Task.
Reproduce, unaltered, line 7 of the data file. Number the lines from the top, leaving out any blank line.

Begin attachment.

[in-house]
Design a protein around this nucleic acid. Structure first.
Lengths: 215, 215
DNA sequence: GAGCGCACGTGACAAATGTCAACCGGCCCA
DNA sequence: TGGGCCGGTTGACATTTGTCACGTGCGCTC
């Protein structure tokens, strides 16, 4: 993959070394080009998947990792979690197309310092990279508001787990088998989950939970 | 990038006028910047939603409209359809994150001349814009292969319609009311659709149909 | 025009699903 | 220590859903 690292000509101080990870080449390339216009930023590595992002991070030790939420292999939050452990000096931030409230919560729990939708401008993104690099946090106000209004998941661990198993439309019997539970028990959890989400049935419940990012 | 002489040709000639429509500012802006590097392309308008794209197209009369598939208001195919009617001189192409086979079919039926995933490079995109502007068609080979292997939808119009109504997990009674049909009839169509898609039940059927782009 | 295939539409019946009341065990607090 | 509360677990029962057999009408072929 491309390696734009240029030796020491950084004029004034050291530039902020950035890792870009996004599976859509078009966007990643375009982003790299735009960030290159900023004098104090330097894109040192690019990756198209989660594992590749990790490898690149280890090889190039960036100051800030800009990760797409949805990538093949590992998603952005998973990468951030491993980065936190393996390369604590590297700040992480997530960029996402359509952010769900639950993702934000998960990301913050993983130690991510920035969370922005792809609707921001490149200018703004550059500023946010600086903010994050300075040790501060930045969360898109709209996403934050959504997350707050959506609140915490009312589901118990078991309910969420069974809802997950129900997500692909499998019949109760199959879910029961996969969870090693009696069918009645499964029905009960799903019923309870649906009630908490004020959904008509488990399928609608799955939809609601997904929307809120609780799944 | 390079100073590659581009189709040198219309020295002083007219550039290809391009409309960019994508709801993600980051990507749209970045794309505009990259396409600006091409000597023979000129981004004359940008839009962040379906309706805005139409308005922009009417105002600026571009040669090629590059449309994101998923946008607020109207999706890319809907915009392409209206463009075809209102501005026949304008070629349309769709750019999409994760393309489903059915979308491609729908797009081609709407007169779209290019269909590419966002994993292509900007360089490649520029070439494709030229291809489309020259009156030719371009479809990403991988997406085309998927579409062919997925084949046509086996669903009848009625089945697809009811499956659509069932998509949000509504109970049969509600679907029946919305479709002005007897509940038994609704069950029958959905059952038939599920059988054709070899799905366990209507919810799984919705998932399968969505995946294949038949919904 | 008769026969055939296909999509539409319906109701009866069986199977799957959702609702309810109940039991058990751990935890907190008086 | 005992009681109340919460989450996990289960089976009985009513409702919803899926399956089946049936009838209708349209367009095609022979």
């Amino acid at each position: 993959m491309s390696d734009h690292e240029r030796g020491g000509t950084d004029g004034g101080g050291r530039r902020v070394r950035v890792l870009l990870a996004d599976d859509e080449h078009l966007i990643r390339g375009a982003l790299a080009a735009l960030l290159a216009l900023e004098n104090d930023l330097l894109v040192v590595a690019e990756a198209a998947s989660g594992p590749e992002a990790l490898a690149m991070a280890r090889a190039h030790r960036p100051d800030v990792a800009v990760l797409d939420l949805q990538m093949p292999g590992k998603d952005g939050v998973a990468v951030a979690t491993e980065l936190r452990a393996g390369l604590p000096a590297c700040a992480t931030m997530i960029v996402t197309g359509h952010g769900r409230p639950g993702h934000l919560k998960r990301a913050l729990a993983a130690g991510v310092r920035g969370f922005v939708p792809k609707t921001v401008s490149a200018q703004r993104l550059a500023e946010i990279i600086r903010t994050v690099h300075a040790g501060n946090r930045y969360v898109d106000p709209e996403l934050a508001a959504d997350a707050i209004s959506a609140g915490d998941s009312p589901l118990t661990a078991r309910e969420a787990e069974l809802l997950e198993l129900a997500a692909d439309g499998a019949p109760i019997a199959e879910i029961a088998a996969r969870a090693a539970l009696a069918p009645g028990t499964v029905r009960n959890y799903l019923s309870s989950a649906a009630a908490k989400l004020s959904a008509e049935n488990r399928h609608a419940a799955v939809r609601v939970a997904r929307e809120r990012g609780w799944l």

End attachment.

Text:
């Amino acid at each position: 993959m491309s390696d734009h690292e240029r030796g020491g000509t950084d004029g004034g101080g050291r530039r902020v070394r950035v890792l870009l990870a996004d599976d859509e080449h078009l966007i990643r390339g375009a982003l790299a080009a735009l960030l290159a216009l900023e004098n104090d930023l330097l894109v040192v590595a690019e990756a198209a998947s989660g594992p590749e992002a990790l490898a690149m991070a280890r090889a190039h030790r960036p100051d800030v990792a800009v990760l797409d939420l949805q990538m093949p292999g590992k998603d952005g939050v998973a990468v951030a979690t491993e980065l936190r452990a393996g390369l604590p000096a590297c700040a992480t931030m997530i960029v996402t197309g359509h952010g769900r409230p639950g993702h934000l919560k998960r990301a913050l729990a993983a130690g991510v310092r920035g969370f922005v939708p792809k609707t921001v401008s490149a200018q703004r993104l550059a500023e946010i990279i600086r903010t994050v690099h300075a040790g501060n946090r930045y969360v898109d106000p709209e996403l934050a508001a959504d997350a707050i209004s959506a609140g915490d998941s009312p589901l118990t661990a078991r309910e969420a787990e069974l809802l997950e198993l129900a997500a692909d439309g499998a019949p109760i019997a199959e879910i029961a088998a996969r969870a090693a539970l009696a069918p009645g028990t499964v029905r009960n959890y799903l019923s309870s989950a649906a009630a908490k989400l004020s959904a008509e049935n488990r399928h609608a419940a799955v939809r609601v939970a997904r929307e809120r990012g609780w799944l």